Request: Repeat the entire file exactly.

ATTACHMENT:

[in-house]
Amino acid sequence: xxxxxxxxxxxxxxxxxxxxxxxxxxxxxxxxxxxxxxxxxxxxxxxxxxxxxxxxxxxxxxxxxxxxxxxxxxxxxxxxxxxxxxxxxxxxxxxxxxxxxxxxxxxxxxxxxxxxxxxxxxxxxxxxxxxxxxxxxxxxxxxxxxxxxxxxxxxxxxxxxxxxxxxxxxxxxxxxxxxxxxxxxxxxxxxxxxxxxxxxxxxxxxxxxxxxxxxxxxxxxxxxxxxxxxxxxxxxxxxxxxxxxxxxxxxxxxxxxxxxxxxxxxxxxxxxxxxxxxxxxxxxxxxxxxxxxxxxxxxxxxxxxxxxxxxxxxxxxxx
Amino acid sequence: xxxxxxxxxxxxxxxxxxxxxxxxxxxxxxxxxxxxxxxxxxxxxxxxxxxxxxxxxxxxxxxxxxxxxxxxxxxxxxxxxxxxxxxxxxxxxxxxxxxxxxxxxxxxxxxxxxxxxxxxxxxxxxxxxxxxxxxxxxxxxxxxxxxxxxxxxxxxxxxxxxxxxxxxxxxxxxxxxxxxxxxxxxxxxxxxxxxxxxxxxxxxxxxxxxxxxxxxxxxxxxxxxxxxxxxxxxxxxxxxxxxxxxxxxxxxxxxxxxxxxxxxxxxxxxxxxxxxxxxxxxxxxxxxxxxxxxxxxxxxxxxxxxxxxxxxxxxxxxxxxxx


[in-house]
Amino acid sequence: xxxxxxxxxxxxxxxxxxxxxxxxxxxxxxxxxxxxxxxxxxxxxxxxxxxxxxxxxxxxxxxxxxxxxxxxxxxxxxxxxxxxxxxxxxxxxxxxxxxxxxxxxxxxxxxxxxxxxxxxxxxxxxxxxxxxxxxxxxxxxxxxxxxxxxxxxxxxxxxxxxxxxxxxxxxxxxxxxxxxxxxxxxxxxxxxxxxxxxxxxxxxxxxxxxxxxxxxxxxxxxxxxxxxxxxxxxxxxxxxxxxxxxxxxxxxxxxxxxxxxxxxxxxxxxxxxxxxxxxxxxxxxxxxxxxxxxxxxxxxxxxxxxxxxxxxxxxxxxx
Amino acid sequence: xxxxxxxxxxxxxxxxxxxxxxxxxxxxxxxxxxxxxxxxxxxxxxxxxxxxxxxxxxxxxxxxxxxxxxxxxxxxxxxxxxxxxxxxxxxxxxxxxxxxxxxxxxxxxxxxxxxxxxxxxxxxxxxxxxxxxxxxxxxxxxxxxxxxxxxxxxxxxxxxxxxxxxxxxxxxxxxxxxxxxxxxxxxxxxxxxxxxxxxxxxxxxxxxxxxxxxxxxxxxxxxxxxxxxxxxxxxxxxxxxxxxxxxxxxxxxxxxxxxxxxxxxxxxxxxxxxxxxxxxxxxxxxxxxxxxxxxxxxxxxxxxxxxxxxxxxxxxxxxxxxx